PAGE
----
DNA origami uses the self-assembling properties of DNA’s four complementary base pairs to form shapes such as stars, rhomboids, snowflakes, simple words and even maps. Hao Yan, Yan Liu and colleagues, Arizona State University, USA, have extended this to produce curved structures not possible before.
Simple 2-dimensional concentric rings were initially produced. These were bound together by strategically placed crossover points. Varying the number of nucleotides between crossover points and the placement of crossovers allowed control over the curvature. To demonstrate this, the team made spheres, hemispheres, ellipsoid shells, and a round-bottomed nanoflask.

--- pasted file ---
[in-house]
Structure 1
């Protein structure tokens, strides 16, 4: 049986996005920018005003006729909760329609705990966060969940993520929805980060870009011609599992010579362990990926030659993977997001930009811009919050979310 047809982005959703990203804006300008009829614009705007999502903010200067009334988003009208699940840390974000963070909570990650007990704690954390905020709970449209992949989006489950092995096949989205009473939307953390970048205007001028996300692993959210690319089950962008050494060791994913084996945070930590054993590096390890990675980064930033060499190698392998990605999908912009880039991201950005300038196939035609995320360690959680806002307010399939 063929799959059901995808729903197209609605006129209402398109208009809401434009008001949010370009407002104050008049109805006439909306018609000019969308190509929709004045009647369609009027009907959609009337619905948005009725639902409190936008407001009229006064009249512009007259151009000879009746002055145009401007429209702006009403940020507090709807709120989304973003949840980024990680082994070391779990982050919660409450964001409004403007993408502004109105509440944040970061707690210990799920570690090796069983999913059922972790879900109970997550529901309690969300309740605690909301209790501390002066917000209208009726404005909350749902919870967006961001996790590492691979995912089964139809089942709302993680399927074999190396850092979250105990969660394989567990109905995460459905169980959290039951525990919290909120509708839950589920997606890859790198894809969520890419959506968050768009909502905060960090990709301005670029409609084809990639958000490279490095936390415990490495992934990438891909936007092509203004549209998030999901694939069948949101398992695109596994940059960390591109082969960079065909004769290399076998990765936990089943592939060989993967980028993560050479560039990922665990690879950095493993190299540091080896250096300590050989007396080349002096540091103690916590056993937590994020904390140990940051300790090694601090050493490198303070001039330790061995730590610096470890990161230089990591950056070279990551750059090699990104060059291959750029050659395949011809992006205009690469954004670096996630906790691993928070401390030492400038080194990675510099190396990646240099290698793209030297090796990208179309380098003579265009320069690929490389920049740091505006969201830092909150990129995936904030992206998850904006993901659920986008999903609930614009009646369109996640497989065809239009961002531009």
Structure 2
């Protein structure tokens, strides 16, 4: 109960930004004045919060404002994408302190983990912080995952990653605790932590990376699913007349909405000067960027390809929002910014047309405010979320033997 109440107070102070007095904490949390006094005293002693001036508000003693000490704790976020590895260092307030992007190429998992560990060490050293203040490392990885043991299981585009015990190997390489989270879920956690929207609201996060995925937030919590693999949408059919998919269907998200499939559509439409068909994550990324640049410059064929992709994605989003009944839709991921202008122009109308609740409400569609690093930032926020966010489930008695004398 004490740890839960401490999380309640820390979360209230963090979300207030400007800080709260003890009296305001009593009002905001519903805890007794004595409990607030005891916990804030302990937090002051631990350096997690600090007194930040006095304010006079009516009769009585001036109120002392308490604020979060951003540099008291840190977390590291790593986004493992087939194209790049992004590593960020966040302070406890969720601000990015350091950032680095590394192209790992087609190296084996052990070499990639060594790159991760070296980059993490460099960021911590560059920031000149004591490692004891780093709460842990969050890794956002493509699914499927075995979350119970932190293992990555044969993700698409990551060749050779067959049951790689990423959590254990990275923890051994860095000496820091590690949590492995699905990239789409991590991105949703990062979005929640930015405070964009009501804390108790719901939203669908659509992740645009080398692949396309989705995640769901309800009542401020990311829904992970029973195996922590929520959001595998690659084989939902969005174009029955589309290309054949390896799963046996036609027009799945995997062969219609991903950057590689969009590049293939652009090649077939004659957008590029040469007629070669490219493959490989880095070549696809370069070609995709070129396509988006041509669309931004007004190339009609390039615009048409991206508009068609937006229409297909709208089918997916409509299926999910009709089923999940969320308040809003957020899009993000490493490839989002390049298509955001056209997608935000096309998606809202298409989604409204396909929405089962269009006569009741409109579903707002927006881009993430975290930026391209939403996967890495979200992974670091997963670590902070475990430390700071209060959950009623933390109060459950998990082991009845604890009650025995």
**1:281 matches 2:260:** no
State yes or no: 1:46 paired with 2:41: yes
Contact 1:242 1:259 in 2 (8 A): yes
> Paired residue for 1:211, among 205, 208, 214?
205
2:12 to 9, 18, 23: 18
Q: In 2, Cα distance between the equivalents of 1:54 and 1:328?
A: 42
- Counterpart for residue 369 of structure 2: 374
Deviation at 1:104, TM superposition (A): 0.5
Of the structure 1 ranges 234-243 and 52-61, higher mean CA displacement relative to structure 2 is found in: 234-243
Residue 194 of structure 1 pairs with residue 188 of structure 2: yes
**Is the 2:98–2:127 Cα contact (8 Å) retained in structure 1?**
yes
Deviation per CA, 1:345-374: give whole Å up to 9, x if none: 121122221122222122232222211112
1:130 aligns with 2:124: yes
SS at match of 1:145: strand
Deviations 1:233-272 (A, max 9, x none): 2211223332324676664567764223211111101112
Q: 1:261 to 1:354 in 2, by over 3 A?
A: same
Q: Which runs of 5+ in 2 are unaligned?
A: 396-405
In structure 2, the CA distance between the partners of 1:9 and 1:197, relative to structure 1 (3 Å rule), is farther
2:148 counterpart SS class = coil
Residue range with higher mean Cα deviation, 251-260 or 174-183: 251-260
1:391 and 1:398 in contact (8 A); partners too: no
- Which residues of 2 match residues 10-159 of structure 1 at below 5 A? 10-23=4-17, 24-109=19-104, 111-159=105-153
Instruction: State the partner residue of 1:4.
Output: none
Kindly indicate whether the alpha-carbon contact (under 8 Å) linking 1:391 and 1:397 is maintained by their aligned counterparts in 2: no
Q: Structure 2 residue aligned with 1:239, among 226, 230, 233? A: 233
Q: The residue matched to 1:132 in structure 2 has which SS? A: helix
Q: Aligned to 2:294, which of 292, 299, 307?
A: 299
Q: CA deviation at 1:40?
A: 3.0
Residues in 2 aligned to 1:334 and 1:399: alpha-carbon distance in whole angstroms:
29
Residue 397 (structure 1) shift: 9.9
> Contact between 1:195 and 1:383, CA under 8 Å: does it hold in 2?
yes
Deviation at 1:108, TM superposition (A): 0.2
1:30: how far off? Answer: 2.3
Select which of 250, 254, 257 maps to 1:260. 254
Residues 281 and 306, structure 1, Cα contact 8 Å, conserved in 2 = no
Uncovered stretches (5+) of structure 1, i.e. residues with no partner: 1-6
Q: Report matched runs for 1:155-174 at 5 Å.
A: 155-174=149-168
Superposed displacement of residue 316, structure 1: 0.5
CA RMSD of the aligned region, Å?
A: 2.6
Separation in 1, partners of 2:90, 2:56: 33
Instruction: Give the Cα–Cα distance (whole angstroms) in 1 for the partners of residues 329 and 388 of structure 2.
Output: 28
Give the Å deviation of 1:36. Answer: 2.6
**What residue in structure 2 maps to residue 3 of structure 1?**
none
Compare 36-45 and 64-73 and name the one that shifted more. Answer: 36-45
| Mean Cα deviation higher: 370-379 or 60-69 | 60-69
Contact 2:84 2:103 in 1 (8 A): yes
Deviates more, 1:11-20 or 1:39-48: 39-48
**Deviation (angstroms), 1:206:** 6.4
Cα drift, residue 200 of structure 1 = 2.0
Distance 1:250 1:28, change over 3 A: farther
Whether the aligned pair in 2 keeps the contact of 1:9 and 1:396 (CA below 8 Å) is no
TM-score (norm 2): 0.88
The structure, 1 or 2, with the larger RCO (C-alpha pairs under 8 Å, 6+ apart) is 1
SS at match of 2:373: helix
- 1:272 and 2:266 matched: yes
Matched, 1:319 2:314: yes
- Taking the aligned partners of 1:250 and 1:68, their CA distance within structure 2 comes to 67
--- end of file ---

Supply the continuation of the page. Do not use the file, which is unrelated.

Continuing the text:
The closed, 3D nanoforms could find use as delivery agents for the targeted and controlled release of drugs or as nanoreactors for chemical reactions — perhaps a task for the nanoflask?
- DNA Origami with Complex Curvatures in Three-Dimensional Space
D. Han, S. Pal, J. Nangreave, Z. Deng, Y. Liu, H. Yan,
Science 2011, 332(6027), 342—356.
- Images and videos of the structures can be found here >>>